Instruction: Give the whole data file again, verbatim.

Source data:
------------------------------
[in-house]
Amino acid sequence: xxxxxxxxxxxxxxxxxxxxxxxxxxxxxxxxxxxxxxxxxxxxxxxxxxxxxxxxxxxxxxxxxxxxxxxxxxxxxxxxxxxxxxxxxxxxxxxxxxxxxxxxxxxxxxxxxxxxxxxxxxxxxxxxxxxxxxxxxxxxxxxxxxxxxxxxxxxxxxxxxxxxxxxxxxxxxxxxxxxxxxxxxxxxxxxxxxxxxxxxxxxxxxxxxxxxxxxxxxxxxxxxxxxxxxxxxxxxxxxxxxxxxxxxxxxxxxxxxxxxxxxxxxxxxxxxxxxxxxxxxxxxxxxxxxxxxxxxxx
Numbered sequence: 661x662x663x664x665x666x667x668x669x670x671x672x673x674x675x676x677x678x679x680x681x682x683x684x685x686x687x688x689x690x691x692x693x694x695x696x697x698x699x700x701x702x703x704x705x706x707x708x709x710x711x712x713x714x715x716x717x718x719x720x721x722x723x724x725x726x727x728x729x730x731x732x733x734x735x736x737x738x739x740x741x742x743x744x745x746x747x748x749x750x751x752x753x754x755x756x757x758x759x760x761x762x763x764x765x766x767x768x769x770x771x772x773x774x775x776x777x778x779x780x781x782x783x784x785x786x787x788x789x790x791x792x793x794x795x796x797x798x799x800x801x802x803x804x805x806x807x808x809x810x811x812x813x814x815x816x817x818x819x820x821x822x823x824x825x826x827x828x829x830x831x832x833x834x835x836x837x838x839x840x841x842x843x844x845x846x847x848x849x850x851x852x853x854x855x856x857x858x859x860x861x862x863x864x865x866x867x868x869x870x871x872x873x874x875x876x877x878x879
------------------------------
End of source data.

[in-house]
Amino acid sequence: xxxxxxxxxxxxxxxxxxxxxxxxxxxxxxxxxxxxxxxxxxxxxxxxxxxxxxxxxxxxxxxxxxxxxxxxxxxxxxxxxxxxxxxxxxxxxxxxxxxxxxxxxxxxxxxxxxxxxxxxxxxxxxxxxxxxxxxxxxxxxxxxxxxxxxxxxxxxxxxxxxxxxxxxxxxxxxxxxxxxxxxxxxxxxxxxxxxxxxxxxxxxxxxxxxxxxxxxxxxxxxxxxxxxxxxxxxxxxxxxxxxxxxxxxxxxxxxxxxxxxxxxxxxxxxxxxxxxxxxxxxxxxxxxxxxxxxxxxx
Numbered sequence: 661x662x663x664x665x666x667x668x669x670x671x672x673x674x675x676x677x678x679x680x681x682x683x684x685x686x687x688x689x690x691x692x693x694x695x696x697x698x699x700x701x702x703x704x705x706x707x708x709x710x711x712x713x714x715x716x717x718x719x720x721x722x723x724x725x726x727x728x729x730x731x732x733x734x735x736x737x738x739x740x741x742x743x744x745x746x747x748x749x750x751x752x753x754x755x756x757x758x759x760x761x762x763x764x765x766x767x768x769x770x771x772x773x774x775x776x777x778x779x780x781x782x783x784x785x786x787x788x789x790x791x792x793x794x795x796x797x798x799x800x801x802x803x804x805x806x807x808x809x810x811x812x813x814x815x816x817x818x819x820x821x822x823x824x825x826x827x828x829x830x831x832x833x834x835x836x837x838x839x840x841x842x843x844x845x846x847x848x849x850x851x852x853x854x855x856x857x858x859x860x861x862x863x864x865x866x867x868x869x870x871x872x873x874x875x876x877x878x879